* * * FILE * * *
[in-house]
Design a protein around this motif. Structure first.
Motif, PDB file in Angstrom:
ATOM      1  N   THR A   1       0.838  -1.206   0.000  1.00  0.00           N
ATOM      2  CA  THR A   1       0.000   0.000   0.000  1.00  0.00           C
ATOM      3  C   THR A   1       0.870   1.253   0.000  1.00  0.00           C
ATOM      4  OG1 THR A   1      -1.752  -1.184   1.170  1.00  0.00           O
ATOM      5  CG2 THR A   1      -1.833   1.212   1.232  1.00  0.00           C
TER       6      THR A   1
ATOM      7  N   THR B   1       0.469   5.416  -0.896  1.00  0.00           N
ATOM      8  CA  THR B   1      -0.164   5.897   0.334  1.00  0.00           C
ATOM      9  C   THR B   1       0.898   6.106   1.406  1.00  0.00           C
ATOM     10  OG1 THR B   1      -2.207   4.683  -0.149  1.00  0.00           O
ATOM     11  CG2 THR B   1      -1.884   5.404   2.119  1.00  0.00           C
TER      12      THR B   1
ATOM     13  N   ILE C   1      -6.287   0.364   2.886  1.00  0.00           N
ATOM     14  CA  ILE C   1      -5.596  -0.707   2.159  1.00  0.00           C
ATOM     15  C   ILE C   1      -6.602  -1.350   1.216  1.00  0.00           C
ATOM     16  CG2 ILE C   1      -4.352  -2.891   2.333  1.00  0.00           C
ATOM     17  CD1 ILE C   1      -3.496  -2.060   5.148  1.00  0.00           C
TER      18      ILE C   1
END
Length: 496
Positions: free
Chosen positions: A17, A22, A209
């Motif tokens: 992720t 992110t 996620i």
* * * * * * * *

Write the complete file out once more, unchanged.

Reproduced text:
[in-house]
Design a protein around this motif. Structure first.
Motif, PDB file in Angstrom:
ATOM      1  N   THR A   1       0.838  -1.206   0.000  1.00  0.00           N
ATOM      2  CA  THR A   1       0.000   0.000   0.000  1.00  0.00           C
ATOM      3  C   THR A   1       0.870   1.253   0.000  1.00  0.00           C
ATOM      4  OG1 THR A   1      -1.752  -1.184   1.170  1.00  0.00           O
ATOM      5  CG2 THR A   1      -1.833   1.212   1.232  1.00  0.00           C
TER       6      THR A   1
ATOM      7  N   THR B   1       0.469   5.416  -0.896  1.00  0.00           N
ATOM      8  CA  THR B   1      -0.164   5.897   0.334  1.00  0.00           C
ATOM      9  C   THR B   1       0.898   6.106   1.406  1.00  0.00           C
ATOM     10  OG1 THR B   1      -2.207   4.683  -0.149  1.00  0.00           O
ATOM     11  CG2 THR B   1      -1.884   5.404   2.119  1.00  0.00           C
TER      12      THR B   1
ATOM     13  N   ILE C   1      -6.287   0.364   2.886  1.00  0.00           N
ATOM     14  CA  ILE C   1      -5.596  -0.707   2.159  1.00  0.00           C
ATOM     15  C   ILE C   1      -6.602  -1.350   1.216  1.00  0.00           C
ATOM     16  CG2 ILE C   1      -4.352  -2.891   2.333  1.00  0.00           C
ATOM     17  CD1 ILE C   1      -3.496  -2.060   5.148  1.00  0.00           C
TER      18      ILE C   1
END
Length: 496
Positions: free
Chosen positions: A17, A22, A209
């Motif tokens: 992720t 992110t 996620i």